In fact, one can attribute much of the rise in the Canadian stock market to the serious decline in the purchasing value of the Canadian dollar. To give a few examples:
- iShares MSCI Canada Index Fund ETF (US Dollars) – Year-to-date: -(2.30%)
- ishares S&P/TSX 60 Index ETF (Canadian Dollars) – Year-to-date: +4.50%
- BCE shares traded in New York (US Dollars) – Year-to-date: - (3.78%)
- BCE shares traded in Toronto (Canadian Dollars) – Year-to-date: +3.12%
If you are like the average Canadian investor, you are overweight Canadian equities in Canadian dollars and due to the decline in our dollar; we have seen a currency induced/adjusted advance in equities. In order to remain strongly bullish Canadian equities, you have to believe in one of two themes. One, there is a strong economic recovery around the corner for the Canadian economy, or two, the currency will still make a considerable decline towards $0.75 or $0.70 against the U.S. If you are in one of those camps, you can stay long. But if you believe the majority of the currency move is behind us and that the Canadian economy will struggle in the year ahead, this is a great time to employ yield enhancing strategies.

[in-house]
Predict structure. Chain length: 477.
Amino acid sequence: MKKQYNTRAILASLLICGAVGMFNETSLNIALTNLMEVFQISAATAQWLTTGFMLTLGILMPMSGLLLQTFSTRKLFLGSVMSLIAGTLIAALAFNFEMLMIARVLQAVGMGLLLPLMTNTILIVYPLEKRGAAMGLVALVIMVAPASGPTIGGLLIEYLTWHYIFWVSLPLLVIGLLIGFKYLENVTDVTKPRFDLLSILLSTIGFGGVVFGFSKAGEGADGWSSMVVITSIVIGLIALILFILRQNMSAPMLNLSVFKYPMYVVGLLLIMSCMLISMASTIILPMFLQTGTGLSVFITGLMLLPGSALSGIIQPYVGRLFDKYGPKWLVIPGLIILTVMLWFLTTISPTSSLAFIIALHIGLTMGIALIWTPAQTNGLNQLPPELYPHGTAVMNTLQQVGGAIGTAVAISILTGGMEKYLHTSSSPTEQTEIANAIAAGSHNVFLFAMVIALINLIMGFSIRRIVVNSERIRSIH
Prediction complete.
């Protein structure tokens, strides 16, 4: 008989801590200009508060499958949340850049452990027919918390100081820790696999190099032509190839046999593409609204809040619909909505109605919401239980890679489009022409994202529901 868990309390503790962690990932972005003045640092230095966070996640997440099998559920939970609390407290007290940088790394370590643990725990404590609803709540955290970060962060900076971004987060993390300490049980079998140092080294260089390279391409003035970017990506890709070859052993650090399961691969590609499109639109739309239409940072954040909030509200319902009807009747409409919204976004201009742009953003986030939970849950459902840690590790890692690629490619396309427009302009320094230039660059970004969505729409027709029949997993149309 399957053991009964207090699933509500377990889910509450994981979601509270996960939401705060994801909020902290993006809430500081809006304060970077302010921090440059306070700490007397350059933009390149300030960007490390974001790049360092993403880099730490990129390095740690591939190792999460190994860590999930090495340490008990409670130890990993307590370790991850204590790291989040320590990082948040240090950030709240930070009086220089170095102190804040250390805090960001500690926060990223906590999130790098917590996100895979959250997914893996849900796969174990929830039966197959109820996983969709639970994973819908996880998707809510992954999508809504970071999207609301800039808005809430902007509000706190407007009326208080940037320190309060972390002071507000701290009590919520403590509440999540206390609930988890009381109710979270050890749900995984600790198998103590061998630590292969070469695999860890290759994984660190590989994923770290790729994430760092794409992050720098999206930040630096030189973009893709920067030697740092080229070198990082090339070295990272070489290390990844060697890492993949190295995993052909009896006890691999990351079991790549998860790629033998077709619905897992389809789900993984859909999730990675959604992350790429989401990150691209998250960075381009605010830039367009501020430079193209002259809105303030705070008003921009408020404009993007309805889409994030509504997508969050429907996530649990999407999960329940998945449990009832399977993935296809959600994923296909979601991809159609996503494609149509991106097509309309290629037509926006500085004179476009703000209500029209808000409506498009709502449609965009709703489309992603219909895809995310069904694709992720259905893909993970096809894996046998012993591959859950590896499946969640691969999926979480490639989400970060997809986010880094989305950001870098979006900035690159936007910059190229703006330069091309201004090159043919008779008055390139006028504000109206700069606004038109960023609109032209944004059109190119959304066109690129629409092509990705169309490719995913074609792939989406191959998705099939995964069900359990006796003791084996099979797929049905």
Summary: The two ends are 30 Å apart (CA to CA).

One yield enhancing strategy is to sell out-of-the-money covered calls for a longer duration like 6-12 months. These premiums allow you to create returns without needing further appreciation in the underlying stocks. In addition, the premium received can act as a hedge to reduce the volatility of your portfolio.
As an example, the XIU – iShares S&P/TSX 60 Index ETF, is trading at $22.61. That is over 10% higher off its $20.50 lows in January. An investor that feels there is only marginal upside can sell a September $23.00 covered call is bidding $0.60 or 2.65% cash flow premium.
This is only a good idea for those investors that remain skeptical of the further upside of the Canadian market. At minimum, it is a strategy that could be actively deployed in the upcoming months once the market momentum has started to slow into the historically weak summer months.